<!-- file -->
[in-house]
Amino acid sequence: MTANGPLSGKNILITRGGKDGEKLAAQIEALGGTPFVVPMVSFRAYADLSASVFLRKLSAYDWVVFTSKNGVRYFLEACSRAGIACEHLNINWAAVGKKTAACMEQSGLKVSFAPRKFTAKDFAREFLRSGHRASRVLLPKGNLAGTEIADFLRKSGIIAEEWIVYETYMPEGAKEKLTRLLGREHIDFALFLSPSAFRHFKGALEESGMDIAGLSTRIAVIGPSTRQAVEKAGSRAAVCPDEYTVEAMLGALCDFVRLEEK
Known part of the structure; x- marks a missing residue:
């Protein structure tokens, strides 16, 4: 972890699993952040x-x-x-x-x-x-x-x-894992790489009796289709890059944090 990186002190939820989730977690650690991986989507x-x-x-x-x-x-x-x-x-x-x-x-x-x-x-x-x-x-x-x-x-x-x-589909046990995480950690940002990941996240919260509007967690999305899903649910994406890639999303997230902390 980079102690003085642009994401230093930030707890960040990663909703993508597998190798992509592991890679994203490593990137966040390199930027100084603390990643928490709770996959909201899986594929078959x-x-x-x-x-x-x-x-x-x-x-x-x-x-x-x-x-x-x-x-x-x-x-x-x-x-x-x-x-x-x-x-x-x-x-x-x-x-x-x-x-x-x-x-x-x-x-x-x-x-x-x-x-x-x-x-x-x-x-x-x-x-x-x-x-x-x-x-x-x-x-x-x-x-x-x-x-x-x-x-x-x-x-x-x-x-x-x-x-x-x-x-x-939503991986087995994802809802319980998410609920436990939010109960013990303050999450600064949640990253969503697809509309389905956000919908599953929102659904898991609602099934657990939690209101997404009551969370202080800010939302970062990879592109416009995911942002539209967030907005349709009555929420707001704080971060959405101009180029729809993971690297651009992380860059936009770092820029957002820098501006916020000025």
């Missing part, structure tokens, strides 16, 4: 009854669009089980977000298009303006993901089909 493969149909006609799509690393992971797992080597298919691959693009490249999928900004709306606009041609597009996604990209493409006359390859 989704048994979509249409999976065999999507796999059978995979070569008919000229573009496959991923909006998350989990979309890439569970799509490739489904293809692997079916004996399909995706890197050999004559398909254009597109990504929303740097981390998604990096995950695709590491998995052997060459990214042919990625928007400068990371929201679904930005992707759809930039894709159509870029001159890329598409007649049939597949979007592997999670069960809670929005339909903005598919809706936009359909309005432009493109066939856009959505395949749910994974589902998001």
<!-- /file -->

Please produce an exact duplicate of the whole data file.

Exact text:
[in-house]
Amino acid sequence: MTANGPLSGKNILITRGGKDGEKLAAQIEALGGTPFVVPMVSFRAYADLSASVFLRKLSAYDWVVFTSKNGVRYFLEACSRAGIACEHLNINWAAVGKKTAACMEQSGLKVSFAPRKFTAKDFAREFLRSGHRASRVLLPKGNLAGTEIADFLRKSGIIAEEWIVYETYMPEGAKEKLTRLLGREHIDFALFLSPSAFRHFKGALEESGMDIAGLSTRIAVIGPSTRQAVEKAGSRAAVCPDEYTVEAMLGALCDFVRLEEK
Known part of the structure; x- marks a missing residue:
């Protein structure tokens, strides 16, 4: 972890699993952040x-x-x-x-x-x-x-x-894992790489009796289709890059944090 990186002190939820989730977690650690991986989507x-x-x-x-x-x-x-x-x-x-x-x-x-x-x-x-x-x-x-x-x-x-x-589909046990995480950690940002990941996240919260509007967690999305899903649910994406890639999303997230902390 980079102690003085642009994401230093930030707890960040990663909703993508597998190798992509592991890679994203490593990137966040390199930027100084603390990643928490709770996959909201899986594929078959x-x-x-x-x-x-x-x-x-x-x-x-x-x-x-x-x-x-x-x-x-x-x-x-x-x-x-x-x-x-x-x-x-x-x-x-x-x-x-x-x-x-x-x-x-x-x-x-x-x-x-x-x-x-x-x-x-x-x-x-x-x-x-x-x-x-x-x-x-x-x-x-x-x-x-x-x-x-x-x-x-x-x-x-x-x-x-x-x-x-x-x-x-939503991986087995994802809802319980998410609920436990939010109960013990303050999450600064949640990253969503697809509309389905956000919908599953929102659904898991609602099934657990939690209101997404009551969370202080800010939302970062990879592109416009995911942002539209967030907005349709009555929420707001704080971060959405101009180029729809993971690297651009992380860059936009770092820029957002820098501006916020000025």
């Missing part, structure tokens, strides 16, 4: 009854669009089980977000298009303006993901089909 493969149909006609799509690393992971797992080597298919691959693009490249999928900004709306606009041609597009996604990209493409006359390859 989704048994979509249409999976065999999507796999059978995979070569008919000229573009496959991923909006998350989990979309890439569970799509490739489904293809692997079916004996399909995706890197050999004559398909254009597109990504929303740097981390998604990096995950695709590491998995052997060459990214042919990625928007400068990371929201679904930005992707759809930039894709159509870029001159890329598409007649049939597949979007592997999670069960809670929005339909903005598919809706936009359909309005432009493109066939856009959505395949749910994974589902998001």